Series |

RNA processing and modifications

Technological advances in the past decade or so have revolutionized our understanding of the co-transcriptional and post-transcriptional control of gene expression. It has become clear that the different steps of pre-mRNA processing, from 5' capping to nuclear export, are tightly co-regulated and coordinated with transcription, translation and mRNA decay. Furthermore, recent discoveries and the functional characterization of several chemical modifications in mRNA such as N6-methyladenosine (m6A) and 5-methylcytosine (m5C), which together form the epitranscriptome, have revealed a new layer of regulation of mRNA processing and maturation. The articles in this series discuss different aspects of the biogenesis of mRNAs and other RNA species (including rRNA, tRNA, small RNAs and other non-coding RNAs), the regulation of RNA processing and chemical modification, and how these processes affect human physiology and disease.

Reviews

  • Nature Reviews Molecular Cell Biology | Review Article

    The cleavage of microRNA (miRNA) precursors by Drosha and Dicer and their loading with Argonaute proteins into RNA-induced silencing complexes are key steps in miRNA biogenesis. Recent studies have clarified the mechanisms of action of these molecular machines and discovered non-canonical miRNA biogenesis pathways.

    • Thomas Treiber
    • , Nora Treiber
    •  &  Gunter Meister
  • Nature Reviews Molecular Cell Biology | Review Article

    tRNAs exist as diverse species, including sequence isoforms and nuclease-generated fragments, which are further functionally diversified by base modifications and various protein interactions. Perhaps unsurprisingly, tRNAs are now being implicated in various cellular processes beyond protein synthesis per se, including in stress responses, proliferation, cell fate determination and tumorigenesis.

    • Paul Schimmel
  • Nature Reviews Molecular Cell Biology | Review Article

    Atomic-resolution structures have recently been obtained for the intact spliceosome at different stages of the splicing cycle. These structural data have proved that the spliceosome is a protein-directed metalloribozyme and have increased our understanding of pre-mRNA splicing mechanisms, explaining a large body of existing genetic and biochemical data.

    • Yigong Shi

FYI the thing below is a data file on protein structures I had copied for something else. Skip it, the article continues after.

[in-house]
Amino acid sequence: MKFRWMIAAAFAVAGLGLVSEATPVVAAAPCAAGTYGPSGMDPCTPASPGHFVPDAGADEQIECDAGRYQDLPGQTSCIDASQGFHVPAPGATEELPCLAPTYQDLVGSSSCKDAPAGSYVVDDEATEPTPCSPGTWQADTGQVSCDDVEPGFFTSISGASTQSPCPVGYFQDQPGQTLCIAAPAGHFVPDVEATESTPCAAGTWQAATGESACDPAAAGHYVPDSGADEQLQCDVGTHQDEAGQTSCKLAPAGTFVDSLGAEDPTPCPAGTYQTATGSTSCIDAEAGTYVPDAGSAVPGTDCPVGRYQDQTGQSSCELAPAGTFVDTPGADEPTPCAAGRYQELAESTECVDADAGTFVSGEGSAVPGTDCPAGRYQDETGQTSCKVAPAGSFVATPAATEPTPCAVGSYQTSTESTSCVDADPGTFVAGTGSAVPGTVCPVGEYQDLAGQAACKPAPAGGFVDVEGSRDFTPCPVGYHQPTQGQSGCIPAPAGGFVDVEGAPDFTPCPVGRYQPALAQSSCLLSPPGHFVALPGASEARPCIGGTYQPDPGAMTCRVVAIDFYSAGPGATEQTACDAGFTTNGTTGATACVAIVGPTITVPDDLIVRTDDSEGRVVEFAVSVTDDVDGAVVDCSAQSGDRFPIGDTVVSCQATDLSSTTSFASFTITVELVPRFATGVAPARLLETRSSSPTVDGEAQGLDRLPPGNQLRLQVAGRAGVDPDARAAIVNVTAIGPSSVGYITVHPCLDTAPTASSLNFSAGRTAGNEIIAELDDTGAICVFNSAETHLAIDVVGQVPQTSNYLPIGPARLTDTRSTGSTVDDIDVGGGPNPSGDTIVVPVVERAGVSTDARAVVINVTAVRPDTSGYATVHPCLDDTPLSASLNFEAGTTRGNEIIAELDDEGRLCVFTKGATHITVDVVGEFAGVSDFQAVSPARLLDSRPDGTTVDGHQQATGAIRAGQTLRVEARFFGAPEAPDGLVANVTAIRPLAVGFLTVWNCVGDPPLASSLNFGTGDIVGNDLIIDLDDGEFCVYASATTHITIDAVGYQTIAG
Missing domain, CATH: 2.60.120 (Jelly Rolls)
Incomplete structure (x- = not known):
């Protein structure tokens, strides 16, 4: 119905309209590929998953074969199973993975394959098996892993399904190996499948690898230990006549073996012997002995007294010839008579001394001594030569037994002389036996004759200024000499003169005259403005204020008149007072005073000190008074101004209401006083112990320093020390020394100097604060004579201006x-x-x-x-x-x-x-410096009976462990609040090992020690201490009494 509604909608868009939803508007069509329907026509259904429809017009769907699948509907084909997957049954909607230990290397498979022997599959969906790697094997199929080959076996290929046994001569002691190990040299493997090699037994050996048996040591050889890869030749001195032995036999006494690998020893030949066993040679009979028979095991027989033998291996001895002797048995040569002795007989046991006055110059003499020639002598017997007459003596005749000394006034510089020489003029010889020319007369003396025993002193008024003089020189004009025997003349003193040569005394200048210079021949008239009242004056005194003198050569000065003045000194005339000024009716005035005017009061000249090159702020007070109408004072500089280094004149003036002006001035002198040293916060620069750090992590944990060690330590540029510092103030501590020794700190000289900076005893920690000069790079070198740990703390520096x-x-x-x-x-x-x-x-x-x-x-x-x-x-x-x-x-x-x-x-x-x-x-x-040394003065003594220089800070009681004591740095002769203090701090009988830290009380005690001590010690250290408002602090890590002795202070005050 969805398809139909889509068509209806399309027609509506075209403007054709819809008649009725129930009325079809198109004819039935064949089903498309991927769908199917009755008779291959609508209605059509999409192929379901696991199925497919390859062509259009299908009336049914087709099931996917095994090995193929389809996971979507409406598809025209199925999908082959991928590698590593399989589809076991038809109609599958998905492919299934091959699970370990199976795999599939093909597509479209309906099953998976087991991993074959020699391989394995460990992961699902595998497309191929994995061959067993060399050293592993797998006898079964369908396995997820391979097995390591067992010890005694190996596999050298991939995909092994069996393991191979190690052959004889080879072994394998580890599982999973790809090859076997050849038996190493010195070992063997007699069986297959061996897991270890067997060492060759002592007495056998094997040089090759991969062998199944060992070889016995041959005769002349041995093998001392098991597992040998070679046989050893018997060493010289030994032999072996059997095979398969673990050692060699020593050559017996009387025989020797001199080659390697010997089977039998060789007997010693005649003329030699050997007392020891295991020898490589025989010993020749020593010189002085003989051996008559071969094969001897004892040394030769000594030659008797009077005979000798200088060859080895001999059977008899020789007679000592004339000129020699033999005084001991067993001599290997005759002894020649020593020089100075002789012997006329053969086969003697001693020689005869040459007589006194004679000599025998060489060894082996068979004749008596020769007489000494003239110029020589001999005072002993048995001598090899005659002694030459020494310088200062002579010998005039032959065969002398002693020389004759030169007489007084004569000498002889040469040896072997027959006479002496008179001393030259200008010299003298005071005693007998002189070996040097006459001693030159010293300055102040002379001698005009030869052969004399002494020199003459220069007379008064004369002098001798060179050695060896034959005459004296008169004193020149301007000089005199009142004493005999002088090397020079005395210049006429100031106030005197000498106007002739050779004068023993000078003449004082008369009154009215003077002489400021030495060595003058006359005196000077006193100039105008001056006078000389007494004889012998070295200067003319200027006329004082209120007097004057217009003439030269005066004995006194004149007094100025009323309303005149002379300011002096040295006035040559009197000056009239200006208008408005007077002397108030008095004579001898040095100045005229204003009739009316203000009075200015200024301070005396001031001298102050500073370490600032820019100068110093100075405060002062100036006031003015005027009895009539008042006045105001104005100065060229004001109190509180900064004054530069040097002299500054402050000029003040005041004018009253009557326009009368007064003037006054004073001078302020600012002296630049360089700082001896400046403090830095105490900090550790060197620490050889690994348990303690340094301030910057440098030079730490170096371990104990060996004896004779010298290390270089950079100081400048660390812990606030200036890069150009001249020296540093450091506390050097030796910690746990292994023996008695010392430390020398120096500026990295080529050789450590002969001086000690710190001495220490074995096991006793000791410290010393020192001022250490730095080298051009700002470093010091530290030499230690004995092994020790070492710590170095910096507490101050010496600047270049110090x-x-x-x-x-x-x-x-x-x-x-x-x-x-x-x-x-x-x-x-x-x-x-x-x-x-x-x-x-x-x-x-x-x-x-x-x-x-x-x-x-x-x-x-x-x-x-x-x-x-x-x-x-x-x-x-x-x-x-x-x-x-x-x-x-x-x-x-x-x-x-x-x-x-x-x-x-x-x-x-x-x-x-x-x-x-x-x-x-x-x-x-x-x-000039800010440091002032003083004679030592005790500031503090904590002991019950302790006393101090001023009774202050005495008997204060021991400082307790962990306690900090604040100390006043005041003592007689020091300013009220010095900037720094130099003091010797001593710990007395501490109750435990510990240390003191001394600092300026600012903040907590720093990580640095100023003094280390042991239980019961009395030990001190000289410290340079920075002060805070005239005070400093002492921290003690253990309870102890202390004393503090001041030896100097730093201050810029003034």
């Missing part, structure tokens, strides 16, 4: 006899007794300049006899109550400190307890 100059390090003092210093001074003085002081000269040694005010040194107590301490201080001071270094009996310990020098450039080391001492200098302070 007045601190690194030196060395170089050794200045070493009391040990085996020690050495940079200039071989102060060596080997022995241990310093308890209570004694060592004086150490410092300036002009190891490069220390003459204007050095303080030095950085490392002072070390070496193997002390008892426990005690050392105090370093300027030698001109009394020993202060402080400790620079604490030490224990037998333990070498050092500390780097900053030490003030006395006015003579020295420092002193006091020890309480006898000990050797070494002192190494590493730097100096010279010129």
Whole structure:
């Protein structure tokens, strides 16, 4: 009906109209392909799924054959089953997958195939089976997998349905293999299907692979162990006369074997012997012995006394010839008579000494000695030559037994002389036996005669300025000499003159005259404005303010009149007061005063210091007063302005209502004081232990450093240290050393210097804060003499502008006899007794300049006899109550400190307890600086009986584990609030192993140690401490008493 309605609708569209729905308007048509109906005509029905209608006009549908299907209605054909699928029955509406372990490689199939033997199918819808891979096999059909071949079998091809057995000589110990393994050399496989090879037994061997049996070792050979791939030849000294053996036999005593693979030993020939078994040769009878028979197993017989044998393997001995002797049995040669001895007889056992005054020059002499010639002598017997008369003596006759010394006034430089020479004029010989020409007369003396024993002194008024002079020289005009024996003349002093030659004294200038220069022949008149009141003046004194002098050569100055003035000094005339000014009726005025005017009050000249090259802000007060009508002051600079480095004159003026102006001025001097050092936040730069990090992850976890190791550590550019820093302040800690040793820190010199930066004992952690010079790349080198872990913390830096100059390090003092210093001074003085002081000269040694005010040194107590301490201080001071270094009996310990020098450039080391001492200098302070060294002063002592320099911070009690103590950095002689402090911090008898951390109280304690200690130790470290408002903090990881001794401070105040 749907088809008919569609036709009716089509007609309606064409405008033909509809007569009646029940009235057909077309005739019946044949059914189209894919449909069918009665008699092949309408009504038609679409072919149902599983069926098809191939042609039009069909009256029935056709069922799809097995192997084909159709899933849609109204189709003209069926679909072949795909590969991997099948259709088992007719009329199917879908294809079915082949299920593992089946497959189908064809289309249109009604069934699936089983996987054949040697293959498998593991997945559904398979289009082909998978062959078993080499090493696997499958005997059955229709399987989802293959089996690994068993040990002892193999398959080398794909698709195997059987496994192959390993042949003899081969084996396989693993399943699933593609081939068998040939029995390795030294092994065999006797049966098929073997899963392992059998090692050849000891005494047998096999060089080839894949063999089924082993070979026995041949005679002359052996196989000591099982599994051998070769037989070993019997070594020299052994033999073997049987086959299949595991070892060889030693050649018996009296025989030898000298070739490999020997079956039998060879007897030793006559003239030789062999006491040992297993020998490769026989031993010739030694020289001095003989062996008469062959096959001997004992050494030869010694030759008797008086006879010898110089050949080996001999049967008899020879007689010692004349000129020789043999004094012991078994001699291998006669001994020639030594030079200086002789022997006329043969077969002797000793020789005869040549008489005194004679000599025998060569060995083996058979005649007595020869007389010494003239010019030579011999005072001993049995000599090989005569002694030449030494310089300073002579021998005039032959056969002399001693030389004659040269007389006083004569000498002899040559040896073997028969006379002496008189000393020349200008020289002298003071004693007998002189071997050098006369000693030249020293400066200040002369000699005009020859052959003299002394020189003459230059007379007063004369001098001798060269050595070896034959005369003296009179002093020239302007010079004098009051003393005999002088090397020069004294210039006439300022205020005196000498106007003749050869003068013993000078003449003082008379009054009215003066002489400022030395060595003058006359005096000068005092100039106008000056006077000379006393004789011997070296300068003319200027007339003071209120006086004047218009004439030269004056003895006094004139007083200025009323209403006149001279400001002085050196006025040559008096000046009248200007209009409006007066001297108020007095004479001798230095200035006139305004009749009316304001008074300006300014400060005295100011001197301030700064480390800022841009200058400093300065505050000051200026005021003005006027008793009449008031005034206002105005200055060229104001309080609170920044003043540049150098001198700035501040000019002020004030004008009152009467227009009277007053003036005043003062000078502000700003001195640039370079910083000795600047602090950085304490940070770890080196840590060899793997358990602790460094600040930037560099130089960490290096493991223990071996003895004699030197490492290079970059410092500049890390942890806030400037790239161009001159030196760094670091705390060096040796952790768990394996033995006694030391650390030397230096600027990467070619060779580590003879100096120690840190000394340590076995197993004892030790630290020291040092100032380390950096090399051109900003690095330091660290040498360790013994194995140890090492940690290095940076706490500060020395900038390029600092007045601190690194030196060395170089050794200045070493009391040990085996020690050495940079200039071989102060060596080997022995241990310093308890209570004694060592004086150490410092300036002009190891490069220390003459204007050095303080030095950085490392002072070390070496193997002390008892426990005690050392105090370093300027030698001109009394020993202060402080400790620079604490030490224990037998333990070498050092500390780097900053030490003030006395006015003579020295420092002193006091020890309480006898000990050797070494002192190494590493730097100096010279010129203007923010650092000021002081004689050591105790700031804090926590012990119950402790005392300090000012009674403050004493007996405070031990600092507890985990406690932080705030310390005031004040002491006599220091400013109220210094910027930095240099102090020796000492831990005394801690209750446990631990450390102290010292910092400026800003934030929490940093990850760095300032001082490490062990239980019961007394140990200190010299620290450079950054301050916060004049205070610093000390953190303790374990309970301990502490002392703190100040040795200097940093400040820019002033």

• Nature Reviews Molecular Cell Biology | Review Article

    Pre-mRNA splicing occurs on nascent RNA, which is attached to chromatin by RNA polymerase II. Much splicing occurs co-transcriptionally, and the spatial and temporal coordination of the two processes is tightly coordinated with other mRNA-processing events.

    • Lydia Herzel
    • , Diana S. M. Ottoz
    • , Tara Alpert
    •  &  Karla M. Neugebauer
  • Nature Reviews Molecular Cell Biology | Review Article

    Alternative splicing expands the complexity of the proteome by generating multiple transcript isoforms from a single gene. Numerous alternative splicing events occur during cell differentiation and tissue maturation, suggesting that alternative splicing supports proper development. Recent studies shed light on how alternative splicing and its coordination contribute to organ development and tissue homeostasis.

    • Francisco E. Baralle
    •  &  Jimena Giudice
  • Nature Reviews Molecular Cell Biology | Opinion

    The chemical modifications and structural features of mRNAs are highly dynamic. Together, they regulate the composition and function of the transcriptome by shaping RNA–protein interactions at different stages of the gene expression process.

    • Cole J.T. Lewis
    • , Tao Pan
    •  &  Auinash Kalsotra

Comments

  • Nature Reviews Molecular Cell Biology | Comment

    Novoa, Mason and Mattick propose to use phage display technology and direct sequencing through nanopores to facilitate systematic interrogation of RNA modifications.

    • Eva Maria Novoa
    • , Christopher E. Mason
    •  &  John S. Mattick